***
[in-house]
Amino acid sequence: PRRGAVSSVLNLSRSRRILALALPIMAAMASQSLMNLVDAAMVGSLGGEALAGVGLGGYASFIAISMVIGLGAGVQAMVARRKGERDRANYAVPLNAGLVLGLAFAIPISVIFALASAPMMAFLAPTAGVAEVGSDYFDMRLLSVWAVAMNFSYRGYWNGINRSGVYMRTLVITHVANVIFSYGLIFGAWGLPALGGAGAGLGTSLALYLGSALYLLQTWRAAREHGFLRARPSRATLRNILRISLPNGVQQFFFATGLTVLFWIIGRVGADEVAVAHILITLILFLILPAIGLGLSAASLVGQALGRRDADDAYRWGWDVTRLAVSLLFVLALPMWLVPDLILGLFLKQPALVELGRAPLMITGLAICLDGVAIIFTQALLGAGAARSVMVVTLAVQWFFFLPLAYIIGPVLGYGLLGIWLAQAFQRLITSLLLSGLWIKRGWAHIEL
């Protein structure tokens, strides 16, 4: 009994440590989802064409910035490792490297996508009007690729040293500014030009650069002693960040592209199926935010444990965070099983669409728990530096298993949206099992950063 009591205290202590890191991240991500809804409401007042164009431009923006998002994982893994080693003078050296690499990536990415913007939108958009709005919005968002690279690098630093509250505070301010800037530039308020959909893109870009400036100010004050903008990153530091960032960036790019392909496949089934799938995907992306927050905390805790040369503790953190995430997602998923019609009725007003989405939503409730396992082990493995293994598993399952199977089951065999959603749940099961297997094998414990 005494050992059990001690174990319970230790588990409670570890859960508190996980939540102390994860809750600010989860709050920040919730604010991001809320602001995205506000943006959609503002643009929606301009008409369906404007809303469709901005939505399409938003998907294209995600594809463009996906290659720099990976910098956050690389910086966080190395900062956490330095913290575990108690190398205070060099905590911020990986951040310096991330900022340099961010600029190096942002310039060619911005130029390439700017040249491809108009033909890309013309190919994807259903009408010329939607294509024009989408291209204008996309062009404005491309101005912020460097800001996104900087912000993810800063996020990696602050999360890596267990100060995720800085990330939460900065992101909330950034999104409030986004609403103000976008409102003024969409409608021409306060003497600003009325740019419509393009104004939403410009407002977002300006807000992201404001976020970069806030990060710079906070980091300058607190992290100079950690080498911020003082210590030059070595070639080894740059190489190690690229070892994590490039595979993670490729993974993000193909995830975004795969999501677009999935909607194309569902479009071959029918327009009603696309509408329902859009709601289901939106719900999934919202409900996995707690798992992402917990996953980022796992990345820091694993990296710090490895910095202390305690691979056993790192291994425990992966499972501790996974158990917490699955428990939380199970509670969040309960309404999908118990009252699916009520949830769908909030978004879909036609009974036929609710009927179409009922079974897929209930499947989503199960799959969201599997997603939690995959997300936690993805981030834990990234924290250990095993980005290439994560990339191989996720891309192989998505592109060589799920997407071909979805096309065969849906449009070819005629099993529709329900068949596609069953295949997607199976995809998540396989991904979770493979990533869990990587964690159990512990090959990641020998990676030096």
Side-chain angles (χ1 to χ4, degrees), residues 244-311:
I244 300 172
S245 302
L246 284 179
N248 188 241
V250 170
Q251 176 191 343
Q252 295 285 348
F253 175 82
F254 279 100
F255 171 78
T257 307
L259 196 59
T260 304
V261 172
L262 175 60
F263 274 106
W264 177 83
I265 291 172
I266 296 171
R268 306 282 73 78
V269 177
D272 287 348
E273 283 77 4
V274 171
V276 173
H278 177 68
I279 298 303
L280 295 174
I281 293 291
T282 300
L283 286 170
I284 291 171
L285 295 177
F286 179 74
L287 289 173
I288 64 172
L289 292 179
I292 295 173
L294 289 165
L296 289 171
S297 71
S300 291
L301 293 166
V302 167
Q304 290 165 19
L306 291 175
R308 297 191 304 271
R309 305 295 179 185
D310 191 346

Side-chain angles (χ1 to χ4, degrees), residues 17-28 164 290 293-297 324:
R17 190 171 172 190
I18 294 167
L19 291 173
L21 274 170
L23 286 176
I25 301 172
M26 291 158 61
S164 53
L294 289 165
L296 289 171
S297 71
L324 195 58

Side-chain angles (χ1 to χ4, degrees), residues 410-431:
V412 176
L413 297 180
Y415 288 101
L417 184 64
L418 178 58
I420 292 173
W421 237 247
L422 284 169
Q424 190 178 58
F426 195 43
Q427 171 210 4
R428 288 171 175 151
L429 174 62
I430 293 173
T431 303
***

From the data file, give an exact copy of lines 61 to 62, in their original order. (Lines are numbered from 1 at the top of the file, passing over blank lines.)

M26 291 158 61
S164 53